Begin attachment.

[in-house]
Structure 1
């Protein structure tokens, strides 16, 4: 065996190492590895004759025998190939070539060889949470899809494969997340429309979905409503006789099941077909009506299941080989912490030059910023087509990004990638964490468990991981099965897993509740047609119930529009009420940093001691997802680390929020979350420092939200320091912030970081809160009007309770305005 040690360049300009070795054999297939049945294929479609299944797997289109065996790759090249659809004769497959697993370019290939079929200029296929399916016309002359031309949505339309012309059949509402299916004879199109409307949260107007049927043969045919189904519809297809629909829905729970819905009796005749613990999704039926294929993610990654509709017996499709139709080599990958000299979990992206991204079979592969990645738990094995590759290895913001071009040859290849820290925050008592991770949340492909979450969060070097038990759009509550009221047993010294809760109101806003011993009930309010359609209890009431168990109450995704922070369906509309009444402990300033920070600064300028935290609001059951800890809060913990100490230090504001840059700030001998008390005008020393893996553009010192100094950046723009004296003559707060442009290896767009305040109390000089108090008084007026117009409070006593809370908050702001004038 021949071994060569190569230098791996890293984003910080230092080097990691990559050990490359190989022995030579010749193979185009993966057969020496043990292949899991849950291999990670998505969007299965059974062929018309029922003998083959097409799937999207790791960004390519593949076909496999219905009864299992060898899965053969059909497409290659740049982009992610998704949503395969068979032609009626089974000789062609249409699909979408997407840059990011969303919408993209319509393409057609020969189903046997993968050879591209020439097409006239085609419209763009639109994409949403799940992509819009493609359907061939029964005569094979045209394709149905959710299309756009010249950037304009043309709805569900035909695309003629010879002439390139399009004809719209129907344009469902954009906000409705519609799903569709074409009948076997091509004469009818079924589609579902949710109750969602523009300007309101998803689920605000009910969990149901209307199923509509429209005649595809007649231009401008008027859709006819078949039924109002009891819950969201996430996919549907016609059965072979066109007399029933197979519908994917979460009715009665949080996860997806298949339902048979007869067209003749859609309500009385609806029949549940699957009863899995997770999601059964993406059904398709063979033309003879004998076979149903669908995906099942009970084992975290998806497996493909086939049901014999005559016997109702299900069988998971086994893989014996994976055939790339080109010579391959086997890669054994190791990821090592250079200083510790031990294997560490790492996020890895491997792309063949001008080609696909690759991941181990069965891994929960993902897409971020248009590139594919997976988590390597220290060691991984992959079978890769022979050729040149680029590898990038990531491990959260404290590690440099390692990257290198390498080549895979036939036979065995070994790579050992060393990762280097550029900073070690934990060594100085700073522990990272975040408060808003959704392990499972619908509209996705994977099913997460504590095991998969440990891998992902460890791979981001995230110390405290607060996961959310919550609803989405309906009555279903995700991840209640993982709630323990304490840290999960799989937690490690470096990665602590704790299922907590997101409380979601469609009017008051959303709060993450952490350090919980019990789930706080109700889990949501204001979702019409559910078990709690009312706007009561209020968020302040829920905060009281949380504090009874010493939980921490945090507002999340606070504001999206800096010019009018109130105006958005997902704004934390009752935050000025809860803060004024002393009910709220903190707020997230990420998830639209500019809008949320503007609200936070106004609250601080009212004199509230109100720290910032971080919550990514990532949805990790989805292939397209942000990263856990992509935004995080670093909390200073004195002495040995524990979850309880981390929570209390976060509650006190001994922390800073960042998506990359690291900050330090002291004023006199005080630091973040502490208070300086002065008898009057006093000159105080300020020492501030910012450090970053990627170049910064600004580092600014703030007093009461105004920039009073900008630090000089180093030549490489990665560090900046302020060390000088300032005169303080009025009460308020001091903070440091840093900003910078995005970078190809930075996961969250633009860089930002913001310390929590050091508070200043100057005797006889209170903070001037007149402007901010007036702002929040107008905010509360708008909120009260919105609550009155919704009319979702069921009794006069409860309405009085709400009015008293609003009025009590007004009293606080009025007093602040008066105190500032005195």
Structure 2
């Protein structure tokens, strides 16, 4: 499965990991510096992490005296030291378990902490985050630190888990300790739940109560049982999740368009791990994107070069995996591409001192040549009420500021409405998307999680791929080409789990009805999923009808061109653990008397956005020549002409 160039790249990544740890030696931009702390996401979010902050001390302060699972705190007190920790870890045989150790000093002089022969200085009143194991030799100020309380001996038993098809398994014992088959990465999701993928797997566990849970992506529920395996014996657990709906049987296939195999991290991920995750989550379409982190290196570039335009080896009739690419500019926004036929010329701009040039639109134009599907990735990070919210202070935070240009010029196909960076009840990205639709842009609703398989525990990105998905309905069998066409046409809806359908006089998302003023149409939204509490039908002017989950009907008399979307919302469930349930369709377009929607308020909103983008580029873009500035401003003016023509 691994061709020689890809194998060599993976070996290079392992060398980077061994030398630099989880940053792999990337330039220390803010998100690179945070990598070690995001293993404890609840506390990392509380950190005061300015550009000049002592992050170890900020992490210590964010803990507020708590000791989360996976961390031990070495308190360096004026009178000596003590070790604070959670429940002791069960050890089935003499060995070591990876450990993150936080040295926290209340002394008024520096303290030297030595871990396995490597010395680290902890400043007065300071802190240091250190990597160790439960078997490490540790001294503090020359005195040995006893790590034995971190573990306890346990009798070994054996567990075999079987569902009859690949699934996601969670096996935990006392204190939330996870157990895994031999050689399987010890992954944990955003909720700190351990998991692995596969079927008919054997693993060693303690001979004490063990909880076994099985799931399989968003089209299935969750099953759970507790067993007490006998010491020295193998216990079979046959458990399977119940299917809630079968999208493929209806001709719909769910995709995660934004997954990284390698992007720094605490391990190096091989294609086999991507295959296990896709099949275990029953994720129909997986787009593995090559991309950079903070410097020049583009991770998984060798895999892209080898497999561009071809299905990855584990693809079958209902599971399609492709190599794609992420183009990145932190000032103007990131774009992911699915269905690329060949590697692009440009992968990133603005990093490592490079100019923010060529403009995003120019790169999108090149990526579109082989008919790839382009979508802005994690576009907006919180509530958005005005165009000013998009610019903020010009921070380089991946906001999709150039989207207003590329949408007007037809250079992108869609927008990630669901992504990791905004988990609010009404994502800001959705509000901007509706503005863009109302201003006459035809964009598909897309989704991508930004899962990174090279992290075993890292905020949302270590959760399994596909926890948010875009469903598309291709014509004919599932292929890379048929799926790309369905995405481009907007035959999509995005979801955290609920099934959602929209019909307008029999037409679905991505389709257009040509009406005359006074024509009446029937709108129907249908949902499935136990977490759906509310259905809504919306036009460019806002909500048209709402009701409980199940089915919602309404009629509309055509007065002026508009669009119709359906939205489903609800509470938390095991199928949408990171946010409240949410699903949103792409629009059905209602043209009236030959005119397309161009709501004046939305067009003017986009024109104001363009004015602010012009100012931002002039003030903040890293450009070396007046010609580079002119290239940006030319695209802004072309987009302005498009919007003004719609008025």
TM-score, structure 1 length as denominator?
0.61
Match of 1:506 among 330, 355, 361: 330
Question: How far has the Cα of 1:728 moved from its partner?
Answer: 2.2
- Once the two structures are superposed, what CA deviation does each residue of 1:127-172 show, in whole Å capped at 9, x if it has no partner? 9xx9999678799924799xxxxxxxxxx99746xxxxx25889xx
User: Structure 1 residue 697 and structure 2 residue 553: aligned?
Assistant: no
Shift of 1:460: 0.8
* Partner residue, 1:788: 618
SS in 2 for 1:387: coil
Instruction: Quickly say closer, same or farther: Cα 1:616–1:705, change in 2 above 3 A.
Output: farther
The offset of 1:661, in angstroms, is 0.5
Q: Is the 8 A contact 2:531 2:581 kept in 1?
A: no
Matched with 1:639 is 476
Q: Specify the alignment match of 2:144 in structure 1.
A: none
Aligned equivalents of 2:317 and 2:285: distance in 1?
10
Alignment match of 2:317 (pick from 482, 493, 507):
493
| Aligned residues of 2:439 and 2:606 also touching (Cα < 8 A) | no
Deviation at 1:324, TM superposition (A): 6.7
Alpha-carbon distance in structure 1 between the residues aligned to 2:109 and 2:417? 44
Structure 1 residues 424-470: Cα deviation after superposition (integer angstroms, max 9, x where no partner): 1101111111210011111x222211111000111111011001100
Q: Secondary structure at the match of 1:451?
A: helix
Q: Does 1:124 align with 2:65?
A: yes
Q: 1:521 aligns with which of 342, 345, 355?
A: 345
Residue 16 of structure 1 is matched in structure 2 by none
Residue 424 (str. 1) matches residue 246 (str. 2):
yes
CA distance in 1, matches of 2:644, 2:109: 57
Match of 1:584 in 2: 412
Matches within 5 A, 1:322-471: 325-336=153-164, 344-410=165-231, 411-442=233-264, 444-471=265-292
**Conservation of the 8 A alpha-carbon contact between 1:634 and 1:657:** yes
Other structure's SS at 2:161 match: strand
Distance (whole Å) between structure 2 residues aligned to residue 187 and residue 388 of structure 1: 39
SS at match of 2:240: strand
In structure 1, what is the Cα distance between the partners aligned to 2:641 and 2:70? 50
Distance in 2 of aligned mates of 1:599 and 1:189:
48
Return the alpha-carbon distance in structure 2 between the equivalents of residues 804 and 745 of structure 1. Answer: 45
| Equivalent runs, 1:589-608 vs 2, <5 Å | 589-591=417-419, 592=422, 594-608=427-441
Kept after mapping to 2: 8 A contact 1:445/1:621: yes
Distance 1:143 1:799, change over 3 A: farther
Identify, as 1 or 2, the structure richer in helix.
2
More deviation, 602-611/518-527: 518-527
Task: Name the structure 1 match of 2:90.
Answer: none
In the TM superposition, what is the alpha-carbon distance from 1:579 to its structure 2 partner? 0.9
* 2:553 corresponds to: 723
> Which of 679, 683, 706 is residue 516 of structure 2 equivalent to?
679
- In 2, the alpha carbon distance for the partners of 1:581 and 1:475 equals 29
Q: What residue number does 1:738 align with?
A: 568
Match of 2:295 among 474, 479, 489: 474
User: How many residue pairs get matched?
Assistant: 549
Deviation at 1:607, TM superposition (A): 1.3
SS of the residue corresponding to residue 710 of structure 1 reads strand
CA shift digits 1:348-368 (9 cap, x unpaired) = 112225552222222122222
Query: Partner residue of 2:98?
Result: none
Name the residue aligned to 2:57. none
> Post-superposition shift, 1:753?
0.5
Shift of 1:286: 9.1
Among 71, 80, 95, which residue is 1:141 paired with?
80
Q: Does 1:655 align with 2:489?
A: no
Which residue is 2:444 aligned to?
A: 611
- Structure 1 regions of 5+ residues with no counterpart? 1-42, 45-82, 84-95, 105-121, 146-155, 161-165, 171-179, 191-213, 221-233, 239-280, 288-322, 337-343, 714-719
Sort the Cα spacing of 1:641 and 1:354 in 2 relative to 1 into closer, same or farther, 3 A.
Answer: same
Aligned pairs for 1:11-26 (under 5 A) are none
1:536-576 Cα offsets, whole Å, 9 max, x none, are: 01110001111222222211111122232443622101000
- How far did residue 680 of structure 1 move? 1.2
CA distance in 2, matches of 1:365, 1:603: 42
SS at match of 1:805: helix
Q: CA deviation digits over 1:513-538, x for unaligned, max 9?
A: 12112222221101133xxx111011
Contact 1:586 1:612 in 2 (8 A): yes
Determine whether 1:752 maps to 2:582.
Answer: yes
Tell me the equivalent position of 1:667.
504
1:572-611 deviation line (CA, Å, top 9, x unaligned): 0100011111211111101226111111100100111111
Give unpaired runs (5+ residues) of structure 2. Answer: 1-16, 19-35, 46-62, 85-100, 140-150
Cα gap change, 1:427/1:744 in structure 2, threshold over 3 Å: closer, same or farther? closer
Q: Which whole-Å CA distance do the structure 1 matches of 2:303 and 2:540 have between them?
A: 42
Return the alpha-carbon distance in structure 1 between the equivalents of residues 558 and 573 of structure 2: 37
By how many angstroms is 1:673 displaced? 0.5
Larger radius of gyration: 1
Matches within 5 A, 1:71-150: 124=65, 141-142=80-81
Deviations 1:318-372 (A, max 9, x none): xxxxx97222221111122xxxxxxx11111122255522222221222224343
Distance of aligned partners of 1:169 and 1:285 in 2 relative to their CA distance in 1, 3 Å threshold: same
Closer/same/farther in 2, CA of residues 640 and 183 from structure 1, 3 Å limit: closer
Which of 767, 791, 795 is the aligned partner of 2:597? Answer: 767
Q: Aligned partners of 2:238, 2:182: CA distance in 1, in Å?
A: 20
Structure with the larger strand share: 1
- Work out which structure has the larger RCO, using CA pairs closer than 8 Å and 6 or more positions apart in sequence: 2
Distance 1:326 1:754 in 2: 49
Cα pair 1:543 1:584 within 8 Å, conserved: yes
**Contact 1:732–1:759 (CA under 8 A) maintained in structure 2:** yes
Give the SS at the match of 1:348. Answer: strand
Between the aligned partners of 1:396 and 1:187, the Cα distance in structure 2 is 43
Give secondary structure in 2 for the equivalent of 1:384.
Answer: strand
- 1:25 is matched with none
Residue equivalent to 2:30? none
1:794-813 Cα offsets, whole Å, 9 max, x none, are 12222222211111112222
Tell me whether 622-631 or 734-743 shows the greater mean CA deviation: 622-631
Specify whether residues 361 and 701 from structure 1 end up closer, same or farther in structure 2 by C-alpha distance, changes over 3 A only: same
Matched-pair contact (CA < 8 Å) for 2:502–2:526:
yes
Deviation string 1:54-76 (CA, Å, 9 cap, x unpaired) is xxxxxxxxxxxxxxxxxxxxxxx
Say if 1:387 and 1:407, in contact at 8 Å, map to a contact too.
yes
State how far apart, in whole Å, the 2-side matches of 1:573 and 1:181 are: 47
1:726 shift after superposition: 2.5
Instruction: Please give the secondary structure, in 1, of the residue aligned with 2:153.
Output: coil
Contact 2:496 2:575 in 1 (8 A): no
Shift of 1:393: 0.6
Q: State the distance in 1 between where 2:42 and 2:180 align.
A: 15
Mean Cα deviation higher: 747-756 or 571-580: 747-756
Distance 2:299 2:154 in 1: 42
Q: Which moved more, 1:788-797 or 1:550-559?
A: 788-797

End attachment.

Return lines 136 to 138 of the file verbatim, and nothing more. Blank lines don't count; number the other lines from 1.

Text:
1:726 shift after superposition: 2.5
Instruction: Please give the secondary structure, in 1, of the residue aligned with 2:153.
Output: coil